26 December 2015

Urinary Tract Infection in Cats

When a cat repeatedly visits the litter box, like 5 times in 10 minutes, or begins to pee outside the litter box, with even a drop or two of blood, one likely cause is a urinary tract infection.

There are several related medical problems that are related and must be clearly distinguished if treatment is to be successful.  They are:  bladder stones, urethral plugs in males, idiopathic cystitis, plus some other causes.  The key to determining IF it is a UTI is a urinalysis.  The urine specific gravity will help determine if the help distinguish upper urinary tract infection, associated diseases (e.g. CRF), or lower urinary tract infection.  A urine culture will determine the bacteria involved.  In more complicated cases, bloodwork, xrays, thyroid tests, and even an ultrasound may be needed.

The likey cause of most UTI's is bacteria spreading from the external opening up into the bladder and then even on to the kidenys.  Few infections seem to begin from blood into the kidneys, except in cases of trauma or urinary tract obstruction.  33-50% of all bacteria is E. coli.  25-33% are one of the many strains of Staph or Enterococci.  The remaining are a mix of 8+ bacteria.  In about 75% of the cases, only one bacteria is responsible for the infection, with 20% of the cases having 2 different species involved.  There is also the slim chance that a fungal infection can be the cause.

The standard treatment is antibiotics.  The first-line options are amoxicillin are trimethoprim-sulfadiazine.  Second-line option is nitrofurantoin.  Other antibiotics can be used, but many seem to be resistent to Enterococci.  Interestingly, the article says about clavamox "not established where there is any advantage over amoxicillin alone", which is intersting because clavamox is often seen as the go-to antibiotic.  Also of interest is the comment on cefovecin (Convenia) "Should only be used in situations where oral treatment is problematic" and it goes on to explain that the long duration interfers then with any post-treatment cultures for over 21 days.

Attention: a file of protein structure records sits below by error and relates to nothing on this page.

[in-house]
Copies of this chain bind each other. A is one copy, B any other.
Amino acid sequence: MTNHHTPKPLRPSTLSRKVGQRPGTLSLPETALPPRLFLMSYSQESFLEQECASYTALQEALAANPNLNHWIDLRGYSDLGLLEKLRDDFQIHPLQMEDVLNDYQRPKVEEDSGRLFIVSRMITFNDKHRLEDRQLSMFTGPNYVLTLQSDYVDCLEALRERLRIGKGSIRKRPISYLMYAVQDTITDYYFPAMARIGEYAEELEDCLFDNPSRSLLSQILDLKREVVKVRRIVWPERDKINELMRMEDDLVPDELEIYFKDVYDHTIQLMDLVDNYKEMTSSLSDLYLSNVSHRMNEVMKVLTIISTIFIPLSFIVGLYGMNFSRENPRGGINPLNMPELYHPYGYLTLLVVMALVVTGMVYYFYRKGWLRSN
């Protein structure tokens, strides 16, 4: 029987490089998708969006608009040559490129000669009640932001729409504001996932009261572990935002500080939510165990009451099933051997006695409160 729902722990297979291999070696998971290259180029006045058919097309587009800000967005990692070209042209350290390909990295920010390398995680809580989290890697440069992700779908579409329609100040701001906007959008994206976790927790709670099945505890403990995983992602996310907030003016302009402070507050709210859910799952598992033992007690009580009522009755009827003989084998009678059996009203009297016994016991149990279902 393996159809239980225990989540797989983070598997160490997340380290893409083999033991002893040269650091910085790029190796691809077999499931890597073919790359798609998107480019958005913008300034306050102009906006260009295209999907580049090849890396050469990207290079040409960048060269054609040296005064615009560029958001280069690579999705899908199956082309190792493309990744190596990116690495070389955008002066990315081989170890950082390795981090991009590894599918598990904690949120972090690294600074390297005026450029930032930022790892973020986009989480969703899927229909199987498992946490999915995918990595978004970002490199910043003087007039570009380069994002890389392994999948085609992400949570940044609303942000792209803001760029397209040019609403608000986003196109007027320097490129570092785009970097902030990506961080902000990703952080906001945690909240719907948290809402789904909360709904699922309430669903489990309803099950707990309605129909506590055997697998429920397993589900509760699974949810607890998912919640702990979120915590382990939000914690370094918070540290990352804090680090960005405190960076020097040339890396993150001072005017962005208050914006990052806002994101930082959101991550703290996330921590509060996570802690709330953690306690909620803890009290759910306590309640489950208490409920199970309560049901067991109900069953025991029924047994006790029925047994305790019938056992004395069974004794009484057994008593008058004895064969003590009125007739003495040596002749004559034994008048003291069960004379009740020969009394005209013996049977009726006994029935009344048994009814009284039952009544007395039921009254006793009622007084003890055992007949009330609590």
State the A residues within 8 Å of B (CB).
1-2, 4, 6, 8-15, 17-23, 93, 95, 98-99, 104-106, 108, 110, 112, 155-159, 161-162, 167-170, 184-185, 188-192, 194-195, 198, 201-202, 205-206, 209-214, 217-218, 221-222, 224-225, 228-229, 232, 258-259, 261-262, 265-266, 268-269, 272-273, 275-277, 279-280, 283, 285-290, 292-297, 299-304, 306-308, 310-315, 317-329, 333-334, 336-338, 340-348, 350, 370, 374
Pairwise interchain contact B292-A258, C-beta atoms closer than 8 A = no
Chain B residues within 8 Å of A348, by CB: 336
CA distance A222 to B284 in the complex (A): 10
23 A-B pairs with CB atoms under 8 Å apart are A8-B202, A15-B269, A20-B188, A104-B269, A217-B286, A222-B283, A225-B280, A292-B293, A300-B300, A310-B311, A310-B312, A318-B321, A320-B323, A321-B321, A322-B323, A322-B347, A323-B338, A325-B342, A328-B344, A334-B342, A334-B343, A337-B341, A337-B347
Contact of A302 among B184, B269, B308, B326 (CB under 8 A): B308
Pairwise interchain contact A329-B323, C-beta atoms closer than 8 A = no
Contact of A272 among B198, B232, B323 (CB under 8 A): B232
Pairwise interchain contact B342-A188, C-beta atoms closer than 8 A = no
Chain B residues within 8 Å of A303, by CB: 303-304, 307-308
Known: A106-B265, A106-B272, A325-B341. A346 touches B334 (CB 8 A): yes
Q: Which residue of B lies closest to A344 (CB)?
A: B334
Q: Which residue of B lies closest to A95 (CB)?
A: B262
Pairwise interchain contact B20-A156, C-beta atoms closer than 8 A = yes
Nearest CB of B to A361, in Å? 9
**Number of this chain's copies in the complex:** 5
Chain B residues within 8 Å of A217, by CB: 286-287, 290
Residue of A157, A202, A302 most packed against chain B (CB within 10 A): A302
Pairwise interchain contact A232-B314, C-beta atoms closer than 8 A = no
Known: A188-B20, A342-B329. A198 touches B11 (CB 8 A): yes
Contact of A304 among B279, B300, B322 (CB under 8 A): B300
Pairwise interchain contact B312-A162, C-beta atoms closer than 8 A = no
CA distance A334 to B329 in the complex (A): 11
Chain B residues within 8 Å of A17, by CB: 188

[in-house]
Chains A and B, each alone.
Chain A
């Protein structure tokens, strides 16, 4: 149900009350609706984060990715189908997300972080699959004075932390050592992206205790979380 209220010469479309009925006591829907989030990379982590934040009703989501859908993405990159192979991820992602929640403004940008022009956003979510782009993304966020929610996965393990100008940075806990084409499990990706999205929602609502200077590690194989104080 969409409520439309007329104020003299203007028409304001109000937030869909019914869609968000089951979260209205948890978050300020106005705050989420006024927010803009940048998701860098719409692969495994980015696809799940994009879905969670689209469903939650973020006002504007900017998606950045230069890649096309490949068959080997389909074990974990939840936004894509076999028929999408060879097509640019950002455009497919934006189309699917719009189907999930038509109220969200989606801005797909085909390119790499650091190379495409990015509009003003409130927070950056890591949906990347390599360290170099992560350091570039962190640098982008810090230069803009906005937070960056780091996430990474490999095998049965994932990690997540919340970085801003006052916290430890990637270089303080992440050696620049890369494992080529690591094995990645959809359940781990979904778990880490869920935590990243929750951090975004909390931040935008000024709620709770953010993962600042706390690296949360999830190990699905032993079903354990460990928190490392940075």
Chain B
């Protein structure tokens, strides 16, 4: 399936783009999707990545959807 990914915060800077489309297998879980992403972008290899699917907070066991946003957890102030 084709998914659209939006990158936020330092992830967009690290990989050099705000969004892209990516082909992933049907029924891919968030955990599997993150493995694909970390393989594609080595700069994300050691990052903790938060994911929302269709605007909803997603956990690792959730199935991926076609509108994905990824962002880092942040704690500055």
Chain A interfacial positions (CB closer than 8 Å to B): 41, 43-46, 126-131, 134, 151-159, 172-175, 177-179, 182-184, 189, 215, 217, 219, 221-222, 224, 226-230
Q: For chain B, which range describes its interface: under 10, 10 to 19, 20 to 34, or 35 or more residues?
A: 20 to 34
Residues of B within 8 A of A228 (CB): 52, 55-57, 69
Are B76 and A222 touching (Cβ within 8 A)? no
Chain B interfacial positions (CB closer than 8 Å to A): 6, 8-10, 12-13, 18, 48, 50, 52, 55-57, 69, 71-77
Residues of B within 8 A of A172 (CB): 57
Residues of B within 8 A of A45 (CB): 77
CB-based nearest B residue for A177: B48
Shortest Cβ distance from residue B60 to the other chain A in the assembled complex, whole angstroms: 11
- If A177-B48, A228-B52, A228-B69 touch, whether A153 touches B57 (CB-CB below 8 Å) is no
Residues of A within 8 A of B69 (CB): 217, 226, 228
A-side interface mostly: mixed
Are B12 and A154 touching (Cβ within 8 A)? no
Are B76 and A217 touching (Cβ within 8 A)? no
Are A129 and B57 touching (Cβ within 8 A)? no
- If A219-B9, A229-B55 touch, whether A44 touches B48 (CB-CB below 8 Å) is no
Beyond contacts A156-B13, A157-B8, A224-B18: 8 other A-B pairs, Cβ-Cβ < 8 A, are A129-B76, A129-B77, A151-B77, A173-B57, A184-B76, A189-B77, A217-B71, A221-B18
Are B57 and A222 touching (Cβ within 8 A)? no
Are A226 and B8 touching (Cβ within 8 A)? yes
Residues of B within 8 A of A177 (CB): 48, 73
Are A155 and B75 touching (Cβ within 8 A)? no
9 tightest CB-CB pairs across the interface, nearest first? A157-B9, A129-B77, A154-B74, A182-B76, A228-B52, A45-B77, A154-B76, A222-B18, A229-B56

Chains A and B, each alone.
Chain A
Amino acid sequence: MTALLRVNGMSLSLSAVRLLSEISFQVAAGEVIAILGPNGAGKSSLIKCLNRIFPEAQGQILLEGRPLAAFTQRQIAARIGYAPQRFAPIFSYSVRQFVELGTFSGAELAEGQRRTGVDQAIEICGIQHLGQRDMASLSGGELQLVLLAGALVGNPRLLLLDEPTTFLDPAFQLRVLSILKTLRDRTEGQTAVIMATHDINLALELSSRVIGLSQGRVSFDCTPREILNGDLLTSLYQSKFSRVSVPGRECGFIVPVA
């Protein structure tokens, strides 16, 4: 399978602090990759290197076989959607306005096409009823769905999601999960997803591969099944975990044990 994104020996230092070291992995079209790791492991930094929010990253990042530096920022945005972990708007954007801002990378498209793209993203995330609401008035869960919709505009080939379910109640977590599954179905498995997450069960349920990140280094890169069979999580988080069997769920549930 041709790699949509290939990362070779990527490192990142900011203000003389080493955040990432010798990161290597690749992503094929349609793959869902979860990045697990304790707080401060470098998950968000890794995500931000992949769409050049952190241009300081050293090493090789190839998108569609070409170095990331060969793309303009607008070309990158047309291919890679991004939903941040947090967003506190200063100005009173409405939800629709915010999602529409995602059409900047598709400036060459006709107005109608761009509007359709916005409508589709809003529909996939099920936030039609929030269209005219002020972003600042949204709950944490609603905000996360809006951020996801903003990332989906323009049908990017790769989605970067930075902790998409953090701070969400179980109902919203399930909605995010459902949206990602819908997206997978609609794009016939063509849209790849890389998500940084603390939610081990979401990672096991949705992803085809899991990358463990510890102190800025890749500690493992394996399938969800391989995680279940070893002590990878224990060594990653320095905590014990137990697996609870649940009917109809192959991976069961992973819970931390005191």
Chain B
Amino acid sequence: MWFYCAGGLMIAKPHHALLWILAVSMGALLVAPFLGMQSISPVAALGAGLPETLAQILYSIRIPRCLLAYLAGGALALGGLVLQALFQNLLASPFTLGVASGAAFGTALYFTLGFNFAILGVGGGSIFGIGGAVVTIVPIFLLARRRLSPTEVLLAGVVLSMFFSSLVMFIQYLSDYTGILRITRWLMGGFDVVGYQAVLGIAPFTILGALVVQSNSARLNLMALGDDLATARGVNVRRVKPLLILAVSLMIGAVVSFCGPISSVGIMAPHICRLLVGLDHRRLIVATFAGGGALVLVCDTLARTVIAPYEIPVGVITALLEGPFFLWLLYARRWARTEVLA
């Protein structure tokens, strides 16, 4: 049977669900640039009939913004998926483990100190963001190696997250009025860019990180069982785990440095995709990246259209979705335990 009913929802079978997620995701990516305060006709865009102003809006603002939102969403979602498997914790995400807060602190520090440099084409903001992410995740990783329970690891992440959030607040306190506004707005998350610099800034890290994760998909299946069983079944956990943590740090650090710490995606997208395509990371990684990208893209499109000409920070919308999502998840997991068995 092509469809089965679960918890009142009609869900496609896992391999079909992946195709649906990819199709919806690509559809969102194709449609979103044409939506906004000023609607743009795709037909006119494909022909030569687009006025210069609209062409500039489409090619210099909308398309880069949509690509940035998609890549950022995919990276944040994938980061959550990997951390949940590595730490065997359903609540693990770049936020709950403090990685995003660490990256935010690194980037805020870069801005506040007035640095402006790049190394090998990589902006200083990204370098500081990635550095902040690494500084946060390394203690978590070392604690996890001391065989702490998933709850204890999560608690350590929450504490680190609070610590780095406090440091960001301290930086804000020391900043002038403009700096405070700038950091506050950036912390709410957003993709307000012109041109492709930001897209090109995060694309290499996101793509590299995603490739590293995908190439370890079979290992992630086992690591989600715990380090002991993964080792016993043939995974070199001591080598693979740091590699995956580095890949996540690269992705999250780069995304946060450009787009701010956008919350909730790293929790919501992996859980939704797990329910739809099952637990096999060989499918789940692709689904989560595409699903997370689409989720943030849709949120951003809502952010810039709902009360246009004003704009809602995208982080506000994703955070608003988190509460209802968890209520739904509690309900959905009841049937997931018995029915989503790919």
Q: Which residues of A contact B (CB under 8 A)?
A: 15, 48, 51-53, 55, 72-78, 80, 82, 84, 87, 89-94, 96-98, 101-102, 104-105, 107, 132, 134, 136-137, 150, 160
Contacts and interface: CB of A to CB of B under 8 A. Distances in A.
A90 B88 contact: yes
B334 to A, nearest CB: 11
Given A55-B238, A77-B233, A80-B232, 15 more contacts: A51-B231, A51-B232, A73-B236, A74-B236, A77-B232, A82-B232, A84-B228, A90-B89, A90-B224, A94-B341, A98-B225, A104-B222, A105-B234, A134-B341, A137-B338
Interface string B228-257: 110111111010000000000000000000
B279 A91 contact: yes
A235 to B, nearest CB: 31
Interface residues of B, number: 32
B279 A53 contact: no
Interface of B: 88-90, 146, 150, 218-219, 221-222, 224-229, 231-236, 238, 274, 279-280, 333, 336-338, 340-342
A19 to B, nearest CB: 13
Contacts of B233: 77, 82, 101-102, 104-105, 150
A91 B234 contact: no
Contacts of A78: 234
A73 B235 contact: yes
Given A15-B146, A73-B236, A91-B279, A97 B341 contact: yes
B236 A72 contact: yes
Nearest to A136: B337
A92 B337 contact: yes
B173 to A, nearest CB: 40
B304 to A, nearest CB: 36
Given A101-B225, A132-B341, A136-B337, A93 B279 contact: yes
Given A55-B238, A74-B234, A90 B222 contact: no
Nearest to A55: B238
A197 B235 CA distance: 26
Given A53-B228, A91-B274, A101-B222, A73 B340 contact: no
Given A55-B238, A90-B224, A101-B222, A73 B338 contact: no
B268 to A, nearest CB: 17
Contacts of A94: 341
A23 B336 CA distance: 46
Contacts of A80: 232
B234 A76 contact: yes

In simple cases, treatment with antibiotics is for 10-14 days, with symptoms lessening in 48 hrs.  Sadly, simple UTI's are rare.  More complicated cases involving CKD or diabetes should be treated for 4-6 weeks.  Reinfection and relapse can occur.

The article also mentions alternative treatments, including cranberry extracts, D-mannose, methenamine hippurate, and probiotics.  Sadly there are no feline studies on any of these products.  Do note that methenamine is "poorly tolerated by feline patients".

Summarized from "Urinary Tract Infections", Shelly Olin and Joseph W. Bartges, pp 509-517, in Consultations in Feline Internal Medicine, v.7, 2015.

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